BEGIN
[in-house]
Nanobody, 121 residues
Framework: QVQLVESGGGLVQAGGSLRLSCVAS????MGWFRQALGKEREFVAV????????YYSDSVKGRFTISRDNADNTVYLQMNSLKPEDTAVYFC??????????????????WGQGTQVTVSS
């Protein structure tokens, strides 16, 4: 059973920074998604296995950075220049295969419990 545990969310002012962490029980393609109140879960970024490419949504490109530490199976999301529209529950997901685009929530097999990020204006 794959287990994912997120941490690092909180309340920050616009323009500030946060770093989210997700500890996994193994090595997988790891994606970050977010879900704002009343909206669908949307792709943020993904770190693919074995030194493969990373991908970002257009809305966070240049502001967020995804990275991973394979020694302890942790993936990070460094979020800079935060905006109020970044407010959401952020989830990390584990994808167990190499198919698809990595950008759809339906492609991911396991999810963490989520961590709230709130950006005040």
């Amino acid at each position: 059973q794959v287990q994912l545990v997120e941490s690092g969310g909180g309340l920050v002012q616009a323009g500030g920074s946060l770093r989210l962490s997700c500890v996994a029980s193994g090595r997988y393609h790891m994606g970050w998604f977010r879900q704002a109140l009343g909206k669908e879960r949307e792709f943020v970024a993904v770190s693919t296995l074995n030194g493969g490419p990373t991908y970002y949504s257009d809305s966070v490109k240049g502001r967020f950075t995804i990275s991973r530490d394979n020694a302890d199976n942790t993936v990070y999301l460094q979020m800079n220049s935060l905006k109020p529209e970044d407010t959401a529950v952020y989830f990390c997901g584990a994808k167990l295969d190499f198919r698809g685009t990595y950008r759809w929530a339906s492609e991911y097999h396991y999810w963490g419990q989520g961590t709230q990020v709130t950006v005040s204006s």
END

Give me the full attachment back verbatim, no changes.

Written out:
[in-house]
Nanobody, 121 residues
Framework: QVQLVESGGGLVQAGGSLRLSCVAS????MGWFRQALGKEREFVAV????????YYSDSVKGRFTISRDNADNTVYLQMNSLKPEDTAVYFC??????????????????WGQGTQVTVSS
């Protein structure tokens, strides 16, 4: 059973920074998604296995950075220049295969419990 545990969310002012962490029980393609109140879960970024490419949504490109530490199976999301529209529950997901685009929530097999990020204006 794959287990994912997120941490690092909180309340920050616009323009500030946060770093989210997700500890996994193994090595997988790891994606970050977010879900704002009343909206669908949307792709943020993904770190693919074995030194493969990373991908970002257009809305966070240049502001967020995804990275991973394979020694302890942790993936990070460094979020800079935060905006109020970044407010959401952020989830990390584990994808167990190499198919698809990595950008759809339906492609991911396991999810963490989520961590709230709130950006005040």
């Amino acid at each position: 059973q794959v287990q994912l545990v997120e941490s690092g969310g909180g309340l920050v002012q616009a323009g500030g920074s946060l770093r989210l962490s997700c500890v996994a029980s193994g090595r997988y393609h790891m994606g970050w998604f977010r879900q704002a109140l009343g909206k669908e879960r949307e792709f943020v970024a993904v770190s693919t296995l074995n030194g493969g490419p990373t991908y970002y949504s257009d809305s966070v490109k240049g502001r967020f950075t995804i990275s991973r530490d394979n020694a302890d199976n942790t993936v990070y999301l460094q979020m800079n220049s935060l905006k109020p529209e970044d407010t959401a529950v952020y989830f990390c997901g584990a994808k167990l295969d190499f198919r698809g685009t990595y950008r759809w929530a339906s492609e991911y097999h396991y999810w963490g419990q989520g961590t709230q990020v709130t950006v005040s204006s």